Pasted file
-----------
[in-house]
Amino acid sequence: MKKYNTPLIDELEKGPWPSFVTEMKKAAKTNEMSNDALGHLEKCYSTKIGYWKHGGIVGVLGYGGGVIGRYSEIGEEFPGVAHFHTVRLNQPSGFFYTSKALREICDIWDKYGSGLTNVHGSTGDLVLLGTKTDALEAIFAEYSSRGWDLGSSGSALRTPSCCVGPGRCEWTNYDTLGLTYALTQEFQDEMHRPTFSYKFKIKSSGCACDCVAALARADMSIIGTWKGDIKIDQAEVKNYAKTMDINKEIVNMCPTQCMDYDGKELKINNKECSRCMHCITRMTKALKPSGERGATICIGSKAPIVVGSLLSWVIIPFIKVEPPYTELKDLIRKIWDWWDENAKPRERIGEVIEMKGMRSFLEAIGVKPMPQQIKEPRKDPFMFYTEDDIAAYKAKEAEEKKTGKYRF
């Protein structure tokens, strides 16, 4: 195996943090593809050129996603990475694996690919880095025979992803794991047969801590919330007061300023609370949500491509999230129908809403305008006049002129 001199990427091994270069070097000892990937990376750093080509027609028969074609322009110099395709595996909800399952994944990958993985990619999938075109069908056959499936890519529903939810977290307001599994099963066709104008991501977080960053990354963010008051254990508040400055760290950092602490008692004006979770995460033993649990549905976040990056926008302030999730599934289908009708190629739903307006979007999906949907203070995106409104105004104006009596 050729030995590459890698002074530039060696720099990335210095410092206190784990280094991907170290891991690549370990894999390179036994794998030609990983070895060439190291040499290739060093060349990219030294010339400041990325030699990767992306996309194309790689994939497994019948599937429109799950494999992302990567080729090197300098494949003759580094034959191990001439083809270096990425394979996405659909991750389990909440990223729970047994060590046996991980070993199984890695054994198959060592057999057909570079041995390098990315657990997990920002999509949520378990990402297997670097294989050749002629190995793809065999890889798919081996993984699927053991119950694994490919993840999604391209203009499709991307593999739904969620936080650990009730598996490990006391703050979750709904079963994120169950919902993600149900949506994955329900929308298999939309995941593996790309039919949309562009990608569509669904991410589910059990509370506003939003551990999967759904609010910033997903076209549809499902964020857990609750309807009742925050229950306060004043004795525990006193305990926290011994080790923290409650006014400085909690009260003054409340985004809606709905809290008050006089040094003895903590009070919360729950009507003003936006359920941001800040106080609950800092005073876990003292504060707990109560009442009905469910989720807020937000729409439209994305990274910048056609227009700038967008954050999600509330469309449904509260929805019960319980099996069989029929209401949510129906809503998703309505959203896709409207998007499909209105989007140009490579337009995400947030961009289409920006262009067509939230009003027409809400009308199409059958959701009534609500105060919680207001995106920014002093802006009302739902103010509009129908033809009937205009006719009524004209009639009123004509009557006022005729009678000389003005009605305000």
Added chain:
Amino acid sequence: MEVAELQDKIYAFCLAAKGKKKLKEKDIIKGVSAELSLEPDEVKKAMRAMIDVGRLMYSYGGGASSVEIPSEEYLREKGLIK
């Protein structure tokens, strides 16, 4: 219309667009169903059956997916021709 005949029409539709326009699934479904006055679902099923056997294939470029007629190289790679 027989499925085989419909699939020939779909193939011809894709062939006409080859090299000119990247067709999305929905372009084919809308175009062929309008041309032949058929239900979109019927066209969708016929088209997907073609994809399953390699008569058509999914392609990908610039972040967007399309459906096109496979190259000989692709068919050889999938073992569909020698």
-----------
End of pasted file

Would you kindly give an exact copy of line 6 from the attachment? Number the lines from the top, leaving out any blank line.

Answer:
């Protein structure tokens, strides 16, 4: 219309667009169903059956997916021709 005949029409539709326009699934479904006055679902099923056997294939470029007629190289790679 027989499925085989419909699939020939779909193939011809894709062939006409080859090299000119990247067709999305929905372009084919809308175009062929309008041309032949058929239900979109019927066209969708016929088209997907073609994809399953390699008569058509999914392609990908610039972040967007399309459906096109496979190259000989692709068919050889999938073992569909020698």